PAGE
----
It’s rare for a developing biotech to trade in a pattern that resembles a more established pharma company with much higher liquidity. When it happens it is reason to investigate.
Since last year, almost to the day, trial stage biotech DelMar Pharmaceuticals Inc (NASDAQ:DMPI) has been trading in a classic bullish pattern of advances, consolidations, and retracements halted by key moving averages. Typically, small biotechs of this sort tend to trade in wild gyrations with obvious volume spikes based on data releases that often fade to pre-breakout levels. A more fluid trend like the one below is relatively rare.
For almost exactly one year now, DelMar has been trading in a three-steps-forward, two-steps-back formation complete with trend line support and resistance (see the blue line) aided by the 50 and 200 day moving averages, with very few extreme volume spikes that took the stock completely out of range, and consistent bounces off oversold RSI measures. This is basic technical analysis 101 of bull trends, patterns that generally do not appear with companies like DelMar due to liquidity constraints. The question is, Why is DelMar trading this way, and does its stock really warrant the pattern shown here?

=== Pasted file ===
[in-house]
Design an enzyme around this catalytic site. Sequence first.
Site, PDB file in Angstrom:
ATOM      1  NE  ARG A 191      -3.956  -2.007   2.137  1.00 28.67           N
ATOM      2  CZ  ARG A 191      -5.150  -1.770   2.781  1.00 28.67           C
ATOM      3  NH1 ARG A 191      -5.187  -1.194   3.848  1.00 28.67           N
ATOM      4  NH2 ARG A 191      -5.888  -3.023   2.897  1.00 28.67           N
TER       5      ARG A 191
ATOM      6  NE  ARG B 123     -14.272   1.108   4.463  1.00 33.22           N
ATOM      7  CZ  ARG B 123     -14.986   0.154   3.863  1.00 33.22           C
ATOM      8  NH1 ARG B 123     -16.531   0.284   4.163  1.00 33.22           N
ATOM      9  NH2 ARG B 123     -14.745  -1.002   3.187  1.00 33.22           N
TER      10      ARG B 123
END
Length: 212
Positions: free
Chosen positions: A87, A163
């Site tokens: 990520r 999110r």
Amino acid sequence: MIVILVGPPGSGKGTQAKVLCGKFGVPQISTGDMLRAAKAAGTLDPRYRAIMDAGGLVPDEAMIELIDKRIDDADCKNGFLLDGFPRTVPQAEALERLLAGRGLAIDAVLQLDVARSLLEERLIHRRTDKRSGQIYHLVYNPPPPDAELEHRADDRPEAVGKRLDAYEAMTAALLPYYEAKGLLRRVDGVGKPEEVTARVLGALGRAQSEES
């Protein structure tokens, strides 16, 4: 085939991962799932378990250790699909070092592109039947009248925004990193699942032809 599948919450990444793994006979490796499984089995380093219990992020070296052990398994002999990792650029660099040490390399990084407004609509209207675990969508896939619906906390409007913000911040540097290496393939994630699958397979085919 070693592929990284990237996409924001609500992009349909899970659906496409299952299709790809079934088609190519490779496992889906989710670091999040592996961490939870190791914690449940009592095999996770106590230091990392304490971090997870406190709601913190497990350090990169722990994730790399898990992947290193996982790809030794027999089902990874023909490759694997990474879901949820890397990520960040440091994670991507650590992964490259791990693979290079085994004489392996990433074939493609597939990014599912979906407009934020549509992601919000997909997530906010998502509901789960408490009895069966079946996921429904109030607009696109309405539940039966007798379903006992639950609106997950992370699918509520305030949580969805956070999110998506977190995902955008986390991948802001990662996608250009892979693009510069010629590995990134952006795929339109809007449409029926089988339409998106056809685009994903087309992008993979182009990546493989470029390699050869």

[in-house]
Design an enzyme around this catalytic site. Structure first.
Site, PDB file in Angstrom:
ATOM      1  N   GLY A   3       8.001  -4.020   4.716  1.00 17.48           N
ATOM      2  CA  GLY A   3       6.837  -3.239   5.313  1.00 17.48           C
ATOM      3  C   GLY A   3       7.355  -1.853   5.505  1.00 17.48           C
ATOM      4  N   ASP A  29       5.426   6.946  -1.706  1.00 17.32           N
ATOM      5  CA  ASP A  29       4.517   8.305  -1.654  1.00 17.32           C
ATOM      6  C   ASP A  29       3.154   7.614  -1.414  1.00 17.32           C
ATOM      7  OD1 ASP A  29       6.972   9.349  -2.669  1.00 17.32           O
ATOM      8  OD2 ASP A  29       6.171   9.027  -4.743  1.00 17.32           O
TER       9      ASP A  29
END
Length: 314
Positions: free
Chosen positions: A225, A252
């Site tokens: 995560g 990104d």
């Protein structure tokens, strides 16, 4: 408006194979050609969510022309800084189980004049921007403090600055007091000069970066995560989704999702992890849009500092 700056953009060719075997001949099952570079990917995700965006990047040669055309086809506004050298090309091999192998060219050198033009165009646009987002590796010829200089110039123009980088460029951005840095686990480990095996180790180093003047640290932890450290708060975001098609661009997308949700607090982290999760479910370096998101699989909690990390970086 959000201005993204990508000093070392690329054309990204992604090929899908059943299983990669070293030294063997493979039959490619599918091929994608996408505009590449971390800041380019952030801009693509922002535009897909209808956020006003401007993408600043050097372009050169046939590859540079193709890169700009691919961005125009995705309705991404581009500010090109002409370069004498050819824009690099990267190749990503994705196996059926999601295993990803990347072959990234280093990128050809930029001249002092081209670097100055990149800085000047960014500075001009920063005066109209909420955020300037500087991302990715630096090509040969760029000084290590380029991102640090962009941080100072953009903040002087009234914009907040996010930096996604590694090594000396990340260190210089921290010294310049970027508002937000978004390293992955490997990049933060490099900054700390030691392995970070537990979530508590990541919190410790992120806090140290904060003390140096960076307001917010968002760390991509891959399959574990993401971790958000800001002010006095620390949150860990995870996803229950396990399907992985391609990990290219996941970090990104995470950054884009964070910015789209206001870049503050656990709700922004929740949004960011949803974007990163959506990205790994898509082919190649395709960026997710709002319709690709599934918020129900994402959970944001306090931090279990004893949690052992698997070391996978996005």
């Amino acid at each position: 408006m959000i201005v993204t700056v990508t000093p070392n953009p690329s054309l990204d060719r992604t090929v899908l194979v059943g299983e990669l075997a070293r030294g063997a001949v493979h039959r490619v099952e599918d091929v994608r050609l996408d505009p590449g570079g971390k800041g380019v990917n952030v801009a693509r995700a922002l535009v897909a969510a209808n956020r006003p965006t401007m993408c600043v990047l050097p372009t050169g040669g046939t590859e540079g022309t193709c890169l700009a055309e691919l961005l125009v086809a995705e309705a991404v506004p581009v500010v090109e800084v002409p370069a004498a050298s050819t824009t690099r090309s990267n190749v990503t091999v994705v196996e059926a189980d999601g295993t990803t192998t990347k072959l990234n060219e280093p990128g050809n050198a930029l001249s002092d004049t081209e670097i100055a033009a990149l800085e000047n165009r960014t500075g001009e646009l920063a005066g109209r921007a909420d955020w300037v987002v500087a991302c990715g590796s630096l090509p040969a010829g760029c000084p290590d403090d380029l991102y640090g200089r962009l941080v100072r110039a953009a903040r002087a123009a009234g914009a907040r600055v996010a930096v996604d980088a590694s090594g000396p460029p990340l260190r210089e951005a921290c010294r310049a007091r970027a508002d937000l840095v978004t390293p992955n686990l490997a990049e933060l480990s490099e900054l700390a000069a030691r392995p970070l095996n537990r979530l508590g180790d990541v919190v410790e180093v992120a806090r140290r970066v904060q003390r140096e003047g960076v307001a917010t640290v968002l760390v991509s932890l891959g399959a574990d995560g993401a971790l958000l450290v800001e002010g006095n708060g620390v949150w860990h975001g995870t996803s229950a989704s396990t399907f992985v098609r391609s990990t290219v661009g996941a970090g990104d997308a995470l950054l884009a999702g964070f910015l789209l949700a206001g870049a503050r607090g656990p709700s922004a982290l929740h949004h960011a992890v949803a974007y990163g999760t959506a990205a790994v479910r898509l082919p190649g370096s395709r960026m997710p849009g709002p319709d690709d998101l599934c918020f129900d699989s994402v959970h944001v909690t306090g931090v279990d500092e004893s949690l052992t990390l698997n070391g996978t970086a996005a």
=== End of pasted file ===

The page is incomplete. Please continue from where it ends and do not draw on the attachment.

On the one-year anniversary of Delmar’s current run, Market Exclusive has decided to take a deeper look into the company to provide possible answers to these questions. What we found is that, while the risks are considerable, the upward trend may still continue, notwithstanding the 300% run that began last year.
DelMar’s flagship drug candidate is called VAL-083, or dianhydrogalactitol. It is a chemotherapy discovered in the 1970’s with early stage clinical development in the 1980’s but never fully developed to commercialization. There is clinical data going back to 1984 for example on 20 patients with medulloblastoma treated with VAL-083 resulting in a stable disease rate of 40%, tumor regression rate of 10%, and a 4-year no progression rate of 20%. Of course these trials were too small to prove anything conclusive, but the data was good enough for DelMar to resurrect the drug for larger clinical trials, especially given that the safety database from earlier trials included over 1,000 patients.
The company is now trialing VAL-083 for glioblastoma brain cancer, seeking to take advantage of and widen a specific market bottleneck for that indication. A Phase II trial has already been completed and has shown median overall survival of 8.35 months over the average 2 to 5 months for other salvage therapies by historical literature. While it is true that the Food and Drug Administration typically has problems with historically controlled studies over the more preferred placebo control, DelMar has already conducted an end of Phase II meeting with the agency, and the FDA has already agreed that the company can leverage historical clinical and non-clinical data to support its New Drug Application. The leniency here is mostly due to the rarity and severity of glioblastoma.